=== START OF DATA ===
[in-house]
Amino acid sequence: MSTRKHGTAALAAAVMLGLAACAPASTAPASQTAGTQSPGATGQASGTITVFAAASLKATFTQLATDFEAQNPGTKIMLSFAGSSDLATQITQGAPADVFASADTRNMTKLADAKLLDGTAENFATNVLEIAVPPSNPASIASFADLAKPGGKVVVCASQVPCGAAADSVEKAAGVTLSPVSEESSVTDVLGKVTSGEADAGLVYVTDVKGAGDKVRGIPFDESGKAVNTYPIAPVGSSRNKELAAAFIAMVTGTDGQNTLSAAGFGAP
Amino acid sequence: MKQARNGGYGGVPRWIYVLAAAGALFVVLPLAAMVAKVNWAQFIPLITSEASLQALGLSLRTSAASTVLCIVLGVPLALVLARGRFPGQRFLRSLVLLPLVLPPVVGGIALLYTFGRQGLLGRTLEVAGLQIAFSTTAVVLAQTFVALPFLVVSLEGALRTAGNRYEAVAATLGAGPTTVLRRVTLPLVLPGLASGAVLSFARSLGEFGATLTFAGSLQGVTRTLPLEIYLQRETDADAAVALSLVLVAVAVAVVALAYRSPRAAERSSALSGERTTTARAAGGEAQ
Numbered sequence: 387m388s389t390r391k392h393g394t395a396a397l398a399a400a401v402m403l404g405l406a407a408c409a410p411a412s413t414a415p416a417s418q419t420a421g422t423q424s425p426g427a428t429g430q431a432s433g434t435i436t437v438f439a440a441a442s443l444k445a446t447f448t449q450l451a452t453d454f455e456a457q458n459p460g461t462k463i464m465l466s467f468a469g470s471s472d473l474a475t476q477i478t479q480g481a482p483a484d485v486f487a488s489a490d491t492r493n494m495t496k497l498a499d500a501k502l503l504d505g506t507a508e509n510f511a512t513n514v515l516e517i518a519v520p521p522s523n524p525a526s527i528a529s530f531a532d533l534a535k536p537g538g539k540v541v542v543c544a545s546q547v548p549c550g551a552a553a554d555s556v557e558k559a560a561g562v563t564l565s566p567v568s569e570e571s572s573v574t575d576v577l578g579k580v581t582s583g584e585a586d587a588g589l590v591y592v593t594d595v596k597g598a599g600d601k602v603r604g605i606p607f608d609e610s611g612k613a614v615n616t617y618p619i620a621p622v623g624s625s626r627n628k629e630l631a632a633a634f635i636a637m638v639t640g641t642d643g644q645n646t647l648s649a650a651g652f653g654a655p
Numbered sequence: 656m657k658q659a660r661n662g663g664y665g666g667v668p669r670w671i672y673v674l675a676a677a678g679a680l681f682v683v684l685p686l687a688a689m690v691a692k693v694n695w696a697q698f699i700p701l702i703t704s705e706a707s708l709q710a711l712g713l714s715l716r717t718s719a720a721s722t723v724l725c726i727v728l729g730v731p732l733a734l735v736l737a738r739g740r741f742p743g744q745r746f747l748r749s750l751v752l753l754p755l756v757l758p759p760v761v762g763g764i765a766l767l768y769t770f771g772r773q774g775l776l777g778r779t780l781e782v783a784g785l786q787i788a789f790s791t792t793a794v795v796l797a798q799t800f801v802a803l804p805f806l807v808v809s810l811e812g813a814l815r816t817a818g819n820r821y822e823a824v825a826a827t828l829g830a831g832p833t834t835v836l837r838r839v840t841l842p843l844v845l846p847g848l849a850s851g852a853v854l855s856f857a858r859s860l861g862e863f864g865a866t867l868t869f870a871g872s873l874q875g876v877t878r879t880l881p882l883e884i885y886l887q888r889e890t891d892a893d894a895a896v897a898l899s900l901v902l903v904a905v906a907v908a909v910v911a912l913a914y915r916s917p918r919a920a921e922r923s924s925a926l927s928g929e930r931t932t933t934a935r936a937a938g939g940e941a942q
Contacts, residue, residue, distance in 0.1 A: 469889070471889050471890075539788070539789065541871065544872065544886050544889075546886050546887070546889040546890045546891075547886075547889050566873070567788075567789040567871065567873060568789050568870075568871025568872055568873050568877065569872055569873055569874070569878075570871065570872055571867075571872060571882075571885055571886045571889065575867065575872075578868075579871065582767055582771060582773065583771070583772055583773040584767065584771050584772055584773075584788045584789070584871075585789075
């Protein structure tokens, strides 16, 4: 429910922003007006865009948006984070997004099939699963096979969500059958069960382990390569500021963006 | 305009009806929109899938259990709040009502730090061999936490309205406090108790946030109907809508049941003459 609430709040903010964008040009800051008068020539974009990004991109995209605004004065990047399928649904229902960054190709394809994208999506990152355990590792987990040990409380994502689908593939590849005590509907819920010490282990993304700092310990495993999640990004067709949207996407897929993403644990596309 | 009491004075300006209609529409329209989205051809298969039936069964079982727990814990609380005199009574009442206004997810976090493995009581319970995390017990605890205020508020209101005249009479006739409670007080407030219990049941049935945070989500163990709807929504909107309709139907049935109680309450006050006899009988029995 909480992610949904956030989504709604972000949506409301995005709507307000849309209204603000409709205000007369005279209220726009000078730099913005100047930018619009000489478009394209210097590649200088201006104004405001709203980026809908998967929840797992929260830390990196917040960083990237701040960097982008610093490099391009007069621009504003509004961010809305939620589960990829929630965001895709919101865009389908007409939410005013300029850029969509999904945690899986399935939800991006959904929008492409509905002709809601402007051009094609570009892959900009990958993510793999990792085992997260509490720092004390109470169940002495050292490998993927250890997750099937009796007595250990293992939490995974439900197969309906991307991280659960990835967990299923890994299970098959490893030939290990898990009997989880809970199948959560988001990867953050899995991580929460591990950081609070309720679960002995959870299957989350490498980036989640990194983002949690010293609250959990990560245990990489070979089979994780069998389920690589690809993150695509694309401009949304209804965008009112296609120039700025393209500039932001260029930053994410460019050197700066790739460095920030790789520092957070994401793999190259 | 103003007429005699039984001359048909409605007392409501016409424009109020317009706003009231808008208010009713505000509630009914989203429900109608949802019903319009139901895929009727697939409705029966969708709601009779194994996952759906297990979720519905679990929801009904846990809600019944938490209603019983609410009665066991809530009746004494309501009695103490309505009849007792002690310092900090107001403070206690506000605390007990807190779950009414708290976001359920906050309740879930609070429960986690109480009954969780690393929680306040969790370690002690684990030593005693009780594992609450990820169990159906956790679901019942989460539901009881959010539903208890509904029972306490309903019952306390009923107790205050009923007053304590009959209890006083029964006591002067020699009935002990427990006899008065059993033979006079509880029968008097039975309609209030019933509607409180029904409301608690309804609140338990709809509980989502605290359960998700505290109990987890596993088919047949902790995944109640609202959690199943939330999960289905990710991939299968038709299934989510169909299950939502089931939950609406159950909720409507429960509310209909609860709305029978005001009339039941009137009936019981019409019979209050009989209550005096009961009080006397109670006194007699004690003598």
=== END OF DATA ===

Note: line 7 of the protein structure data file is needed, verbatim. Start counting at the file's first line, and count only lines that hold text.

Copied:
């Protein structure tokens, strides 16, 4: 429910922003007006865009948006984070997004099939699963096979969500059958069960382990390569500021963006 | 305009009806929109899938259990709040009502730090061999936490309205406090108790946030109907809508049941003459 609430709040903010964008040009800051008068020539974009990004991109995209605004004065990047399928649904229902960054190709394809994208999506990152355990590792987990040990409380994502689908593939590849005590509907819920010490282990993304700092310990495993999640990004067709949207996407897929993403644990596309 | 009491004075300006209609529409329209989205051809298969039936069964079982727990814990609380005199009574009442206004997810976090493995009581319970995390017990605890205020508020209101005249009479006739409670007080407030219990049941049935945070989500163990709807929504909107309709139907049935109680309450006050006899009988029995 909480992610949904956030989504709604972000949506409301995005709507307000849309209204603000409709205000007369005279209220726009000078730099913005100047930018619009000489478009394209210097590649200088201006104004405001709203980026809908998967929840797992929260830390990196917040960083990237701040960097982008610093490099391009007069621009504003509004961010809305939620589960990829929630965001895709919101865009389908007409939410005013300029850029969509999904945690899986399935939800991006959904929008492409509905002709809601402007051009094609570009892959900009990958993510793999990792085992997260509490720092004390109470169940002495050292490998993927250890997750099937009796007595250990293992939490995974439900197969309906991307991280659960990835967990299923890994299970098959490893030939290990898990009997989880809970199948959560988001990867953050899995991580929460591990950081609070309720679960002995959870299957989350490498980036989640990194983002949690010293609250959990990560245990990489070979089979994780069998389920690589690809993150695509694309401009949304209804965008009112296609120039700025393209500039932001260029930053994410460019050197700066790739460095920030790789520092957070994401793999190259 | 103003007429005699039984001359048909409605007392409501016409424009109020317009706003009231808008208010009713505000509630009914989203429900109608949802019903319009139901895929009727697939409705029966969708709601009779194994996952759906297990979720519905679990929801009904846990809600019944938490209603019983609410009665066991809530009746004494309501009695103490309505009849007792002690310092900090107001403070206690506000605390007990807190779950009414708290976001359920906050309740879930609070429960986690109480009954969780690393929680306040969790370690002690684990030593005693009780594992609450990820169990159906956790679901019942989460539901009881959010539903208890509904029972306490309903019952306390009923107790205050009923007053304590009959209890006083029964006591002067020699009935002990427990006899008065059993033979006079509880029968008097039975309609209030019933509607409180029904409301608690309804609140338990709809509980989502605290359960998700505290109990987890596993088919047949902790995944109640609202959690199943939330999960289905990710991939299968038709299934989510169909299950939502089931939950609406159950909720409507429960509310209909609860709305029978005001009339039941009137009936019981019409019979209050009989209550005096009961009080006397109670006194007699004690003598």